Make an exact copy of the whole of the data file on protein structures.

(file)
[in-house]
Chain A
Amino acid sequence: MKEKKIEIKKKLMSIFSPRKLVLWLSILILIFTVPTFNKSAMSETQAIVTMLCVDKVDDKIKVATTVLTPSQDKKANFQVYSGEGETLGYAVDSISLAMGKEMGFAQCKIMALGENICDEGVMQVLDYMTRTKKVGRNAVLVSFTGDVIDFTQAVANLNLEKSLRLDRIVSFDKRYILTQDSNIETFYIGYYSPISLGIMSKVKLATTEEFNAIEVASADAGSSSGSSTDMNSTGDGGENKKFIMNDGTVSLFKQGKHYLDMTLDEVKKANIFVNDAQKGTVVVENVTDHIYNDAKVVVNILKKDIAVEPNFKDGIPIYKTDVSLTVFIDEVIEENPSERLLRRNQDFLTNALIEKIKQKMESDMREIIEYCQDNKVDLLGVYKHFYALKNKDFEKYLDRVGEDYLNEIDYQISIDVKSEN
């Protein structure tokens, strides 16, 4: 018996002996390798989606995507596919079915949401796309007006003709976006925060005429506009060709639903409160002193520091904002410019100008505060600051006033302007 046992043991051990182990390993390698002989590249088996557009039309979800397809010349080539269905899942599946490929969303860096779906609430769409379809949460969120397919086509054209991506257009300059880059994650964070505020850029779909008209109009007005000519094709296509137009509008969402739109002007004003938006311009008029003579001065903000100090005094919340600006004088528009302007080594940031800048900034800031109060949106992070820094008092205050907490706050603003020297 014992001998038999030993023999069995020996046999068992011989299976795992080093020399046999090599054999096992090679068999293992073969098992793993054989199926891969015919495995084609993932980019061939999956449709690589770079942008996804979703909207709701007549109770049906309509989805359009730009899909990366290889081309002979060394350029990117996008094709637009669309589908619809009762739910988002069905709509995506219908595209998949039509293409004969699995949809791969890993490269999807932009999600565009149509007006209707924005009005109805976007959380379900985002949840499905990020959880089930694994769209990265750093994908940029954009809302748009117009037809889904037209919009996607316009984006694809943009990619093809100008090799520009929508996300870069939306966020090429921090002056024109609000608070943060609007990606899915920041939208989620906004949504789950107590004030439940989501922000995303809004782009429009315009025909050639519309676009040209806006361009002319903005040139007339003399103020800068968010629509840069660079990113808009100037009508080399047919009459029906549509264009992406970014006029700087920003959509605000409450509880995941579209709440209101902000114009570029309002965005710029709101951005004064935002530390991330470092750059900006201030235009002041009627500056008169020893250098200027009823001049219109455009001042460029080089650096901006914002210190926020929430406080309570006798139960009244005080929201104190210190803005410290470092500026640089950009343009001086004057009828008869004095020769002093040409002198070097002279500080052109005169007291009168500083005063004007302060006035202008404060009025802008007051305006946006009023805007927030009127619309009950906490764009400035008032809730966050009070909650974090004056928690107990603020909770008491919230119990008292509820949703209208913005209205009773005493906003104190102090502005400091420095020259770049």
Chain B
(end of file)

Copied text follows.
[in-house]
Chain A
Amino acid sequence: MKEKKIEIKKKLMSIFSPRKLVLWLSILILIFTVPTFNKSAMSETQAIVTMLCVDKVDDKIKVATTVLTPSQDKKANFQVYSGEGETLGYAVDSISLAMGKEMGFAQCKIMALGENICDEGVMQVLDYMTRTKKVGRNAVLVSFTGDVIDFTQAVANLNLEKSLRLDRIVSFDKRYILTQDSNIETFYIGYYSPISLGIMSKVKLATTEEFNAIEVASADAGSSSGSSTDMNSTGDGGENKKFIMNDGTVSLFKQGKHYLDMTLDEVKKANIFVNDAQKGTVVVENVTDHIYNDAKVVVNILKKDIAVEPNFKDGIPIYKTDVSLTVFIDEVIEENPSERLLRRNQDFLTNALIEKIKQKMESDMREIIEYCQDNKVDLLGVYKHFYALKNKDFEKYLDRVGEDYLNEIDYQISIDVKSEN
């Protein structure tokens, strides 16, 4: 018996002996390798989606995507596919079915949401796309007006003709976006925060005429506009060709639903409160002193520091904002410019100008505060600051006033302007 046992043991051990182990390993390698002989590249088996557009039309979800397809010349080539269905899942599946490929969303860096779906609430769409379809949460969120397919086509054209991506257009300059880059994650964070505020850029779909008209109009007005000519094709296509137009509008969402739109002007004003938006311009008029003579001065903000100090005094919340600006004088528009302007080594940031800048900034800031109060949106992070820094008092205050907490706050603003020297 014992001998038999030993023999069995020996046999068992011989299976795992080093020399046999090599054999096992090679068999293992073969098992793993054989199926891969015919495995084609993932980019061939999956449709690589770079942008996804979703909207709701007549109770049906309509989805359009730009899909990366290889081309002979060394350029990117996008094709637009669309589908619809009762739910988002069905709509995506219908595209998949039509293409004969699995949809791969890993490269999807932009999600565009149509007006209707924005009005109805976007959380379900985002949840499905990020959880089930694994769209990265750093994908940029954009809302748009117009037809889904037209919009996607316009984006694809943009990619093809100008090799520009929508996300870069939306966020090429921090002056024109609000608070943060609007990606899915920041939208989620906004949504789950107590004030439940989501922000995303809004782009429009315009025909050639519309676009040209806006361009002319903005040139007339003399103020800068968010629509840069660079990113808009100037009508080399047919009459029906549509264009992406970014006029700087920003959509605000409450509880995941579209709440209101902000114009570029309002965005710029709101951005004064935002530390991330470092750059900006201030235009002041009627500056008169020893250098200027009823001049219109455009001042460029080089650096901006914002210190926020929430406080309570006798139960009244005080929201104190210190803005410290470092500026640089950009343009001086004057009828008869004095020769002093040409002198070097002279500080052109005169007291009168500083005063004007302060006035202008404060009025802008007051305006946006009023805007927030009127619309009950906490764009400035008032809730966050009070909650974090004056928690107990603020909770008491919230119990008292509820949703209208913005209205009773005493906003104190102090502005400091420095020259770049």
Chain B